In the elementary years, a child develops skills and competencies that equip their future. The way a child resolves the “Do I have” questions of these phases provides them with critical knowledge and resources.
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It shapes their perception of personal ability, comparative value, and resilience. Through these phases, kids shift from wanting to be seen by adults to wanting to be seen by adults and peers. The best way to resolve a kid’s relational questions is to engage their interests. However, it’s difficult to engage, when you don’t know what questions they’re asking.
Here are three questions that all elementary-aged children are asking:
1. Do I Have Your Attention?
In Kindergarten and first grade, a child craves adult attention and approval. When adults demonstrate interest in a kid’s progress, kids Improve Abilities.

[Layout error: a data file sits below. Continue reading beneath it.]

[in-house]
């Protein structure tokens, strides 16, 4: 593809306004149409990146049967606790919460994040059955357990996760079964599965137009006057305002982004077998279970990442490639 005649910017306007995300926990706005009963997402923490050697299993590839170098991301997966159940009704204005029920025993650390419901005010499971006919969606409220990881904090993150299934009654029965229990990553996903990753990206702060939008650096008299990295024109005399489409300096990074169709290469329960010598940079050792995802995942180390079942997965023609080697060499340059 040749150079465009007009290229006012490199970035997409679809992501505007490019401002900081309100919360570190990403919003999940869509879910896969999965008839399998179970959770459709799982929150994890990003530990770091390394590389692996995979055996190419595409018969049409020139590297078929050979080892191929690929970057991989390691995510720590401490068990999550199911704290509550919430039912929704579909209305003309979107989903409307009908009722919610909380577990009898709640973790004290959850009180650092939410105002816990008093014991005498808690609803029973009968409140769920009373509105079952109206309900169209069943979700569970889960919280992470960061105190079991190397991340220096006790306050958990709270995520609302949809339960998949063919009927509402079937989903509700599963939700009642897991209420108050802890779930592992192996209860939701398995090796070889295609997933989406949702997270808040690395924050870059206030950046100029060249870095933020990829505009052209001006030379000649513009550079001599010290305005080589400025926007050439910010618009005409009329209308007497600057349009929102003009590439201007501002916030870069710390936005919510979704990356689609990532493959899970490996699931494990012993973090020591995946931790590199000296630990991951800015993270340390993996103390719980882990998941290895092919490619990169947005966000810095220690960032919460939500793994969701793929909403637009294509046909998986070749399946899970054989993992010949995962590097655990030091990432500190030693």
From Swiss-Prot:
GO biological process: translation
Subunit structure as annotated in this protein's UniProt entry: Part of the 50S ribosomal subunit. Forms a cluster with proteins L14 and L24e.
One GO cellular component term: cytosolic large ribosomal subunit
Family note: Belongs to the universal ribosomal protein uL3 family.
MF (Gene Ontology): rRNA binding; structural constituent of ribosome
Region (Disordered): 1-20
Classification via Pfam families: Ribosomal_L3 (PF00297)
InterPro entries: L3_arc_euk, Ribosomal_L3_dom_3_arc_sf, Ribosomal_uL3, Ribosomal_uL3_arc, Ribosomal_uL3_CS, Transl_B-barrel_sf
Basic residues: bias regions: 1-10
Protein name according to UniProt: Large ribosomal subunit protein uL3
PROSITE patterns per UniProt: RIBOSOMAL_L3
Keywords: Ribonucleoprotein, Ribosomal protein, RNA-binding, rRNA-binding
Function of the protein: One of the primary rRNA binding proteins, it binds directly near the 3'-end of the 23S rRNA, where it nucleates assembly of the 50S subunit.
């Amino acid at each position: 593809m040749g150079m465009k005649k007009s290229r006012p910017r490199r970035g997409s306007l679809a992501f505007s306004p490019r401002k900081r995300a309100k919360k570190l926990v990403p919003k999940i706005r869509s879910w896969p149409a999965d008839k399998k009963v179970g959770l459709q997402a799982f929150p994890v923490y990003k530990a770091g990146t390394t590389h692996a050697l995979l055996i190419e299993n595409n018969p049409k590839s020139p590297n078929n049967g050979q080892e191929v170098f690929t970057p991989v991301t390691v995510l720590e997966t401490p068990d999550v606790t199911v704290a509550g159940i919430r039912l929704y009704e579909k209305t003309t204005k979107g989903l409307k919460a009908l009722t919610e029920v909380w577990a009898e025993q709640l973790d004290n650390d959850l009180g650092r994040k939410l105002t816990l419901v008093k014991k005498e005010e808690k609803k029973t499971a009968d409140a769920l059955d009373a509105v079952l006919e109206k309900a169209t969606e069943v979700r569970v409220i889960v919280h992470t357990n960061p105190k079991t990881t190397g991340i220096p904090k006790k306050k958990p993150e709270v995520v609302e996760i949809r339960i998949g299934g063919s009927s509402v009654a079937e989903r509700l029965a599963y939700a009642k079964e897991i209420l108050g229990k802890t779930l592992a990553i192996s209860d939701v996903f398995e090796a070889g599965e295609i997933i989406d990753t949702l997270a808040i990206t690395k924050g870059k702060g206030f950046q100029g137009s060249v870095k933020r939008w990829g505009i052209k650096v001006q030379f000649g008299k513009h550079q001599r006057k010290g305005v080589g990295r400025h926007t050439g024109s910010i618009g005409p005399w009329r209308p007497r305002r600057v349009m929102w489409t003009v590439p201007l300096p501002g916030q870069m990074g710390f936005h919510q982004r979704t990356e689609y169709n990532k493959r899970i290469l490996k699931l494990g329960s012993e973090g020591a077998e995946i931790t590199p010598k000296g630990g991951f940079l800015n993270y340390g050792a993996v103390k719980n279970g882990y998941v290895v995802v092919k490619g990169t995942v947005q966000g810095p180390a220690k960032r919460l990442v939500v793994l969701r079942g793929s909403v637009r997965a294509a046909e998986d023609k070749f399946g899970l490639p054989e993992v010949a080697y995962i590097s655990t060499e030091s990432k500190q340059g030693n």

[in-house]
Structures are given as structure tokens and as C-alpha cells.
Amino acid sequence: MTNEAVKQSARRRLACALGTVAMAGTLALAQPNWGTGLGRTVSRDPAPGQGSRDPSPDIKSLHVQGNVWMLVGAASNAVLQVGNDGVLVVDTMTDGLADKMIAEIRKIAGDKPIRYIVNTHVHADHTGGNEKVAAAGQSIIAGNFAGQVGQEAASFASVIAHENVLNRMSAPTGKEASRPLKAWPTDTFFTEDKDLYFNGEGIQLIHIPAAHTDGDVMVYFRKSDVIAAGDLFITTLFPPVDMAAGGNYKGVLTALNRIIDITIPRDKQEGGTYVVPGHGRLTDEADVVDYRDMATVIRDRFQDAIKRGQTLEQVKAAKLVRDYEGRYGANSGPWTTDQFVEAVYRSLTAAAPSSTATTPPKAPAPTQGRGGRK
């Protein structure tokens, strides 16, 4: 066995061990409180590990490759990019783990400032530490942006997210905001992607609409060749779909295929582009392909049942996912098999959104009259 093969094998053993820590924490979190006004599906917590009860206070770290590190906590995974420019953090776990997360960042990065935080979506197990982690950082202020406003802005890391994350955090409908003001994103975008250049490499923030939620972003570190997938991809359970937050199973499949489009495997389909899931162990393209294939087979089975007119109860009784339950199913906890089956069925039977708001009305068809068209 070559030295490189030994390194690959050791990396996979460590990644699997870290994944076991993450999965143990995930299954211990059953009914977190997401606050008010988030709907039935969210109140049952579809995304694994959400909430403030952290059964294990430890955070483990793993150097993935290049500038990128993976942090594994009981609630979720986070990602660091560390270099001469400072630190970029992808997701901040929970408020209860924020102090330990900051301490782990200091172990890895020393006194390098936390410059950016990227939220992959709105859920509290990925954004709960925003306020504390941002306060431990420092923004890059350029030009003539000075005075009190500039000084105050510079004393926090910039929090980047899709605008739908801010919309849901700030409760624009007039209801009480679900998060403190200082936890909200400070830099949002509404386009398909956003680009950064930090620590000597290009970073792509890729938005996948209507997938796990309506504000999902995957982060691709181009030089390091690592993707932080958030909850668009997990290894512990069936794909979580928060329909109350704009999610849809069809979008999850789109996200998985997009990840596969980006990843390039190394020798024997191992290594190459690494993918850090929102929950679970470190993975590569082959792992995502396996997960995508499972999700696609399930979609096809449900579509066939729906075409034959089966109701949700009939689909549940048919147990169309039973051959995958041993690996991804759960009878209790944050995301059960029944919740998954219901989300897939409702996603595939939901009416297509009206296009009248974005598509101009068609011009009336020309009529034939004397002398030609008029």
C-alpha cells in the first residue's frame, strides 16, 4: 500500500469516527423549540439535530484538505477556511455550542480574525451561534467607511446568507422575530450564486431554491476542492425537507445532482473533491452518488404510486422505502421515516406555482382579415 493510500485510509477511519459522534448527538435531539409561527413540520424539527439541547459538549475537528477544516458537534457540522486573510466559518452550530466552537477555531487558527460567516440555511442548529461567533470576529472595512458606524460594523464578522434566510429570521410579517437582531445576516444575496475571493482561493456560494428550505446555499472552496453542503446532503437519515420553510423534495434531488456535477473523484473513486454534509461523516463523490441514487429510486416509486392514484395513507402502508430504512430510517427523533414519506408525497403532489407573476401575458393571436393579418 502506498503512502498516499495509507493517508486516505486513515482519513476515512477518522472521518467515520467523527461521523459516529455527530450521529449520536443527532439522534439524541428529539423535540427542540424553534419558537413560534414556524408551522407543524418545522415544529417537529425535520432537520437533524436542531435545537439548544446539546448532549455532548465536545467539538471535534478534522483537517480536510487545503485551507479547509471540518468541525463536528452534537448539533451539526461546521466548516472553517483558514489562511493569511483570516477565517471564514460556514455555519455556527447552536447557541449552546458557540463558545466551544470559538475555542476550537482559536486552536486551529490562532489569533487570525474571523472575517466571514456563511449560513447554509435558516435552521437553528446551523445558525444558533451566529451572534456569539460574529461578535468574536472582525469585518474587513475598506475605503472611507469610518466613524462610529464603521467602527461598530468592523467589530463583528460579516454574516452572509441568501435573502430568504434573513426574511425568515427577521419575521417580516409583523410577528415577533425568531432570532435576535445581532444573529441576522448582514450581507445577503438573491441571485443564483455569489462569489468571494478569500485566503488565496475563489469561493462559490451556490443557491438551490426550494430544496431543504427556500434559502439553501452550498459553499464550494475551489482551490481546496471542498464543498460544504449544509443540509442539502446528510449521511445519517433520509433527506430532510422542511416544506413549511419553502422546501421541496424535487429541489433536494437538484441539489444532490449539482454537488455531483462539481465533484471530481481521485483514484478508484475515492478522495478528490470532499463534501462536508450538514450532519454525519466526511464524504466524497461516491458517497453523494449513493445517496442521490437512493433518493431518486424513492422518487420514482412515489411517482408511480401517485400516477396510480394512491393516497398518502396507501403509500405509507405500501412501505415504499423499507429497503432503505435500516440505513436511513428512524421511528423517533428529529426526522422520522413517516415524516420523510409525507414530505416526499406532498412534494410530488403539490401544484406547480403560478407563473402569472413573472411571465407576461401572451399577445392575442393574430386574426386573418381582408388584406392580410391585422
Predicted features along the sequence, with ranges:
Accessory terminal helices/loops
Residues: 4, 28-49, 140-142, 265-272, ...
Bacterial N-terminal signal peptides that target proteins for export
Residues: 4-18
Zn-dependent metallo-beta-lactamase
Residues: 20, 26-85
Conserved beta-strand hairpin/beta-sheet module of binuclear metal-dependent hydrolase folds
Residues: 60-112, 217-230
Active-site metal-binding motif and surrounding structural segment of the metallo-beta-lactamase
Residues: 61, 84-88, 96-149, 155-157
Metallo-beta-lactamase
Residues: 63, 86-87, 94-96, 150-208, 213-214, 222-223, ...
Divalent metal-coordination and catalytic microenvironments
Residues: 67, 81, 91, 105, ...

2. Do I Have What It Takes?
In second and third grade, a kid wants to know how their abilities compare with peers. When adults praise a kid’s persistence and efforts, kids Broaden Competence.
3. Do I Have Friends?
In fourth and fifth grade, a kid begins to prioritize friends in a new way. When adults make introductions and include peers, kids Develop Friendships.
Relationships create a safe place to resolve who we are. Relationships bring clarity. When kids see themselves the way a loving adult sees them, it changes how they see themselves.
That’s why kids and teenagers need adults who will discover their world. They need adults who understand and respond accordingly to the crisis of every phase. When you respond with relationships that meet a kid’s most basic needs, and you give kids a healthy foundation for future relationships.
Read More: The One Thing Every Kids Needs the Most